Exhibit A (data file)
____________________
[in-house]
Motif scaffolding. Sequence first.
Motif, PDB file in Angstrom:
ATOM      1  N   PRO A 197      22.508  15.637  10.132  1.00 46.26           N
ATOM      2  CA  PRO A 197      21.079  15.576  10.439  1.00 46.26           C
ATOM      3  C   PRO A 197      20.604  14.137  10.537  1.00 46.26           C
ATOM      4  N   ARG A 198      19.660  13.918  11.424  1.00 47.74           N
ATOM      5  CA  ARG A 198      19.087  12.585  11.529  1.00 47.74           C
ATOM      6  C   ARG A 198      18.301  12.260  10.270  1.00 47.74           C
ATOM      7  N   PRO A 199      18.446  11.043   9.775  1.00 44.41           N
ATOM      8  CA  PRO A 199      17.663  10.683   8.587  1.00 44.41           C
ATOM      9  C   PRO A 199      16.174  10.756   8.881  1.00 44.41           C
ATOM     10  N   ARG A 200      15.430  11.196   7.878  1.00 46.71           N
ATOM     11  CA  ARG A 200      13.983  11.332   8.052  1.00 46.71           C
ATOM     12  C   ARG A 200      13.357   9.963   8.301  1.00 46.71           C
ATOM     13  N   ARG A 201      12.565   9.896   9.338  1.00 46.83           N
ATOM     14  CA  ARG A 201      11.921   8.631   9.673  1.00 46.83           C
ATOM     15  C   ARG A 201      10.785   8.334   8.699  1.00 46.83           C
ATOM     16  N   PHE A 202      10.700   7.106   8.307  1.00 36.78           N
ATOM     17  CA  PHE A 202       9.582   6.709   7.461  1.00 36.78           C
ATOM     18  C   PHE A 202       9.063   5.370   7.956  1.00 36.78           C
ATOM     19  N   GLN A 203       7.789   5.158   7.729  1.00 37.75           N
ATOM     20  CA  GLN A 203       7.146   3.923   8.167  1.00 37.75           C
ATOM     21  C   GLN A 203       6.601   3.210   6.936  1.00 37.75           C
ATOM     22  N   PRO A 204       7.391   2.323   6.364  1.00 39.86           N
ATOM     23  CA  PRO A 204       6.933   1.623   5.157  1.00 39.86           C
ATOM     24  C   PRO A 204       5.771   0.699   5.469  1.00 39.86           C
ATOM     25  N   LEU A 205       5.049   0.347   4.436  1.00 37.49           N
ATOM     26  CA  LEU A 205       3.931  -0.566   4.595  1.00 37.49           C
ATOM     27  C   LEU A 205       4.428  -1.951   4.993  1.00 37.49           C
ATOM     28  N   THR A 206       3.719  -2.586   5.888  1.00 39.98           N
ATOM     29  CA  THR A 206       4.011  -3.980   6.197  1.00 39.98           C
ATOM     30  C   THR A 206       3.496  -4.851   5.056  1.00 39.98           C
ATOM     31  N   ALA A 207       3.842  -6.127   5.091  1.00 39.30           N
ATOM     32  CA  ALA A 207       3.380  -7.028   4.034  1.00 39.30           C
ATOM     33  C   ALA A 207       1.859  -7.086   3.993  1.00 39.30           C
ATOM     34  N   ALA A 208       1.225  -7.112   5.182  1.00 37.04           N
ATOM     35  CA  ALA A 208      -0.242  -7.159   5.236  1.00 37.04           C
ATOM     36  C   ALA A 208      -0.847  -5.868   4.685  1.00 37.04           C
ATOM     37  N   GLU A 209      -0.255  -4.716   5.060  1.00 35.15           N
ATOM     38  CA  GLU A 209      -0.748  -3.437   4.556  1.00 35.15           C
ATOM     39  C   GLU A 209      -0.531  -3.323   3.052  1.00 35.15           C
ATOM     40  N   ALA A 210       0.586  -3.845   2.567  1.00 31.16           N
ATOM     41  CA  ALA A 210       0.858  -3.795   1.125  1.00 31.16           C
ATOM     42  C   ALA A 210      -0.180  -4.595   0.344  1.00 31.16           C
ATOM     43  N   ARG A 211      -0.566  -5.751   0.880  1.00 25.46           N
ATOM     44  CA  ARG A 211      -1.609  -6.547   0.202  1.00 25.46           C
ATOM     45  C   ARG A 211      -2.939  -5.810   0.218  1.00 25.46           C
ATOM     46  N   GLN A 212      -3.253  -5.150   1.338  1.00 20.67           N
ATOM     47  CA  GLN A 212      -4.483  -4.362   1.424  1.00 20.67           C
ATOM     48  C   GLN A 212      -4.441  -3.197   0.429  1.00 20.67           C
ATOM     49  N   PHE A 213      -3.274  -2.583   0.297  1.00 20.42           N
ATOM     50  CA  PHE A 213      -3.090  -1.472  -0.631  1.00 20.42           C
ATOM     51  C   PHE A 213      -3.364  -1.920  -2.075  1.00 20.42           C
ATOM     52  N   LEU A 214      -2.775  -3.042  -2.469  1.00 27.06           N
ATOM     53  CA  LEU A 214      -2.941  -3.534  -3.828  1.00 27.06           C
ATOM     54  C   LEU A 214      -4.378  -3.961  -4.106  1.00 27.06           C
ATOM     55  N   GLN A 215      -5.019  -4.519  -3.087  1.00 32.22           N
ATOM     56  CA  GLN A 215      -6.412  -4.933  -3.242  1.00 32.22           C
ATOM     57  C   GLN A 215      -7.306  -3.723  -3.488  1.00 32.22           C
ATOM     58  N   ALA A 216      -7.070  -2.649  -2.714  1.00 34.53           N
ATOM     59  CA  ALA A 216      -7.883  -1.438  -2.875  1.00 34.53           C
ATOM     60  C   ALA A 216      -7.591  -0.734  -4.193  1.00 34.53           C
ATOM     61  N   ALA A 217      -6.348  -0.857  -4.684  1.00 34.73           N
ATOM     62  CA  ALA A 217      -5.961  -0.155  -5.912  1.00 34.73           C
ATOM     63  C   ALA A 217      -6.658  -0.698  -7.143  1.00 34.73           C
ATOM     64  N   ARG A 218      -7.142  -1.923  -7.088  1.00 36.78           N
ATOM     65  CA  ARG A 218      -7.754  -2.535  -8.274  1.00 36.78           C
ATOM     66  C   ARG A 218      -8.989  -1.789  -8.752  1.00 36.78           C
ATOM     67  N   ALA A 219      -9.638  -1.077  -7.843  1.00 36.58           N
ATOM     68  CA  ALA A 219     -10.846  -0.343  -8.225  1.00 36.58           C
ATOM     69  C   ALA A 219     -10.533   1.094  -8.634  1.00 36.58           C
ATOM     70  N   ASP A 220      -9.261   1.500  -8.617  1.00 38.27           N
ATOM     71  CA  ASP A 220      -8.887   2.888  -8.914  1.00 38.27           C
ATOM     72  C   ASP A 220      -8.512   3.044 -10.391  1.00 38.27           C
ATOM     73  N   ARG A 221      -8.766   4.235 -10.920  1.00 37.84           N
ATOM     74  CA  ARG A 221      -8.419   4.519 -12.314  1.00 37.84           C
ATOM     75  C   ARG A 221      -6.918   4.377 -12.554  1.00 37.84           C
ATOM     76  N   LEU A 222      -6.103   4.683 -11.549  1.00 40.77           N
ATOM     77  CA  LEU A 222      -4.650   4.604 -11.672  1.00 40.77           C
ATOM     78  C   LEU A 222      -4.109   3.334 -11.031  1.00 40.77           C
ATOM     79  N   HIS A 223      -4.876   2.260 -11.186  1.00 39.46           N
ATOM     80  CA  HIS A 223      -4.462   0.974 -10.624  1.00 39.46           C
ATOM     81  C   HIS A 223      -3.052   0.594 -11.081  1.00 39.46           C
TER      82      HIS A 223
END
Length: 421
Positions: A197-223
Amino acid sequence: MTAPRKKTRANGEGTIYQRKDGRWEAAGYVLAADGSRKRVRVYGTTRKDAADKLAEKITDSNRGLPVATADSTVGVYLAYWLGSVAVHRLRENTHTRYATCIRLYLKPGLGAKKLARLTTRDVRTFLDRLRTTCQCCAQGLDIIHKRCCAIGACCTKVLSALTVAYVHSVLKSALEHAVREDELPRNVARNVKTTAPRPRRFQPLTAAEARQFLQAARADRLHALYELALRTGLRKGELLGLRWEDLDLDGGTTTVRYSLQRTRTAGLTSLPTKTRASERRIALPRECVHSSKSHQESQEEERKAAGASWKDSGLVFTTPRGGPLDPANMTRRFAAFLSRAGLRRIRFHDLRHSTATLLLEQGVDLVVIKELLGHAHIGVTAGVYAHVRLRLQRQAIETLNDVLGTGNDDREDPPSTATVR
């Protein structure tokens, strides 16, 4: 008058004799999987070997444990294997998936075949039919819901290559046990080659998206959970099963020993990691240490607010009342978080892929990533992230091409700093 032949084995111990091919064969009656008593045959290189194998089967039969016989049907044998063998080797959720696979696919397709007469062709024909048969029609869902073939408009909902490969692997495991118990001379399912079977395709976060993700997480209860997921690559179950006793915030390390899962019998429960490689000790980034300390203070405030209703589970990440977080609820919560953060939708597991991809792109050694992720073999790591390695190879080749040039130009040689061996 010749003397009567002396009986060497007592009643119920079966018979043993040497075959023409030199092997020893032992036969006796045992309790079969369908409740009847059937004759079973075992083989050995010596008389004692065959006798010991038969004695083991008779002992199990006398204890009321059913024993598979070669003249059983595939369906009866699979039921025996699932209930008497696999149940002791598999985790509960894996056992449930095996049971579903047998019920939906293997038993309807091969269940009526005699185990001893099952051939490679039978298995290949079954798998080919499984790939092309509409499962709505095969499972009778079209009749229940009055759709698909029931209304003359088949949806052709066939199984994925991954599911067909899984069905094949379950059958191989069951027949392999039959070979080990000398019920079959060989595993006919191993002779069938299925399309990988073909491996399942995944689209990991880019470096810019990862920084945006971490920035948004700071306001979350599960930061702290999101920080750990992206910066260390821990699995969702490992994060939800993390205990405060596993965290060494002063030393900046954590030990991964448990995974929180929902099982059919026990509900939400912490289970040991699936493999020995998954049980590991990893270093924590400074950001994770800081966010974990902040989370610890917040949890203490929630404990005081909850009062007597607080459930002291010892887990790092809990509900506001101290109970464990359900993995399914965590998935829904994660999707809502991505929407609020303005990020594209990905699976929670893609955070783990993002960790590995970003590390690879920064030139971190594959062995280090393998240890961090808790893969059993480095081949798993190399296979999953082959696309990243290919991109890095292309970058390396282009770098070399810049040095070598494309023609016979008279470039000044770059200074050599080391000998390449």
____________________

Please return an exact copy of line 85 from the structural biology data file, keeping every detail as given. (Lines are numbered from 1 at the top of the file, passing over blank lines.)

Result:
TER      82      HIS A 223